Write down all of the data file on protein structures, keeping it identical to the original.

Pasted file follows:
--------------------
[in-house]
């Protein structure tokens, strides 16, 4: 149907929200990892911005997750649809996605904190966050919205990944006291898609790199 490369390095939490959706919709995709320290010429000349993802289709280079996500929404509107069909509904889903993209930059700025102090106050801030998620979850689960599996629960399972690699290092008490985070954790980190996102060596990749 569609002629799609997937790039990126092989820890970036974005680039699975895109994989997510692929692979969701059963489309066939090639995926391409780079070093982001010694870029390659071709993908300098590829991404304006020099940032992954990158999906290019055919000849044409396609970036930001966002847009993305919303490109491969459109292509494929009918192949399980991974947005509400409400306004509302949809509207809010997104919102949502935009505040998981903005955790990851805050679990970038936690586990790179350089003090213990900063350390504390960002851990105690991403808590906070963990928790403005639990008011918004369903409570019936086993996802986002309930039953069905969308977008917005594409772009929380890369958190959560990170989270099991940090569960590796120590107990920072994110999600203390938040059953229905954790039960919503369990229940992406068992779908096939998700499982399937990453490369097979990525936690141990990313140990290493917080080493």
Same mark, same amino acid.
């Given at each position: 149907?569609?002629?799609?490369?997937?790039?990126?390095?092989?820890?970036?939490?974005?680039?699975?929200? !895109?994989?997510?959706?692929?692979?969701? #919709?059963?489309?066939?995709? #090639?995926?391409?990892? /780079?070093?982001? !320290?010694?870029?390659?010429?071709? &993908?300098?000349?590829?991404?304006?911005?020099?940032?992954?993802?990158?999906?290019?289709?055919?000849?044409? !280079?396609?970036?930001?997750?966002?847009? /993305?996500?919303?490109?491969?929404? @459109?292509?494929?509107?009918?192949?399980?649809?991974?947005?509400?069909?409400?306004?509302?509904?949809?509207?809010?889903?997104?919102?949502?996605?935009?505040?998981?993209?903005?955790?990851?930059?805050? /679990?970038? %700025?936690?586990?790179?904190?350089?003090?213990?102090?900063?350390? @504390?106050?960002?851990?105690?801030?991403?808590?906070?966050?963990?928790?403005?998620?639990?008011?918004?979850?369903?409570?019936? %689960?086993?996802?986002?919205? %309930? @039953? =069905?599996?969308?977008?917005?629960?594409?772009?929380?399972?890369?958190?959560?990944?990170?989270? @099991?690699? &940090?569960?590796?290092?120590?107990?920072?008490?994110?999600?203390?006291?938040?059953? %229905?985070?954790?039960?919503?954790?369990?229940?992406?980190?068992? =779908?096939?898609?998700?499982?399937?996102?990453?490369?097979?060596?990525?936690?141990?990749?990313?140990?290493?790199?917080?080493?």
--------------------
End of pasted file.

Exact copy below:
[in-house]
């Protein structure tokens, strides 16, 4: 149907929200990892911005997750649809996605904190966050919205990944006291898609790199 490369390095939490959706919709995709320290010429000349993802289709280079996500929404509107069909509904889903993209930059700025102090106050801030998620979850689960599996629960399972690699290092008490985070954790980190996102060596990749 569609002629799609997937790039990126092989820890970036974005680039699975895109994989997510692929692979969701059963489309066939090639995926391409780079070093982001010694870029390659071709993908300098590829991404304006020099940032992954990158999906290019055919000849044409396609970036930001966002847009993305919303490109491969459109292509494929009918192949399980991974947005509400409400306004509302949809509207809010997104919102949502935009505040998981903005955790990851805050679990970038936690586990790179350089003090213990900063350390504390960002851990105690991403808590906070963990928790403005639990008011918004369903409570019936086993996802986002309930039953069905969308977008917005594409772009929380890369958190959560990170989270099991940090569960590796120590107990920072994110999600203390938040059953229905954790039960919503369990229940992406068992779908096939998700499982399937990453490369097979990525936690141990990313140990290493917080080493």
Same mark, same amino acid.
């Given at each position: 149907?569609?002629?799609?490369?997937?790039?990126?390095?092989?820890?970036?939490?974005?680039?699975?929200? !895109?994989?997510?959706?692929?692979?969701? #919709?059963?489309?066939?995709? #090639?995926?391409?990892? /780079?070093?982001? !320290?010694?870029?390659?010429?071709? &993908?300098?000349?590829?991404?304006?911005?020099?940032?992954?993802?990158?999906?290019?289709?055919?000849?044409? !280079?396609?970036?930001?997750?966002?847009? /993305?996500?919303?490109?491969?929404? @459109?292509?494929?509107?009918?192949?399980?649809?991974?947005?509400?069909?409400?306004?509302?509904?949809?509207?809010?889903?997104?919102?949502?996605?935009?505040?998981?993209?903005?955790?990851?930059?805050? /679990?970038? %700025?936690?586990?790179?904190?350089?003090?213990?102090?900063?350390? @504390?106050?960002?851990?105690?801030?991403?808590?906070?966050?963990?928790?403005?998620?639990?008011?918004?979850?369903?409570?019936? %689960?086993?996802?986002?919205? %309930? @039953? =069905?599996?969308?977008?917005?629960?594409?772009?929380?399972?890369?958190?959560?990944?990170?989270? @099991?690699? &940090?569960?590796?290092?120590?107990?920072?008490?994110?999600?203390?006291?938040?059953? %229905?985070?954790?039960?919503?954790?369990?229940?992406?980190?068992? =779908?096939?898609?998700?499982?399937?996102?990453?490369?097979?060596?990525?936690?141990?990749?990313?140990?290493?790199?917080?080493?």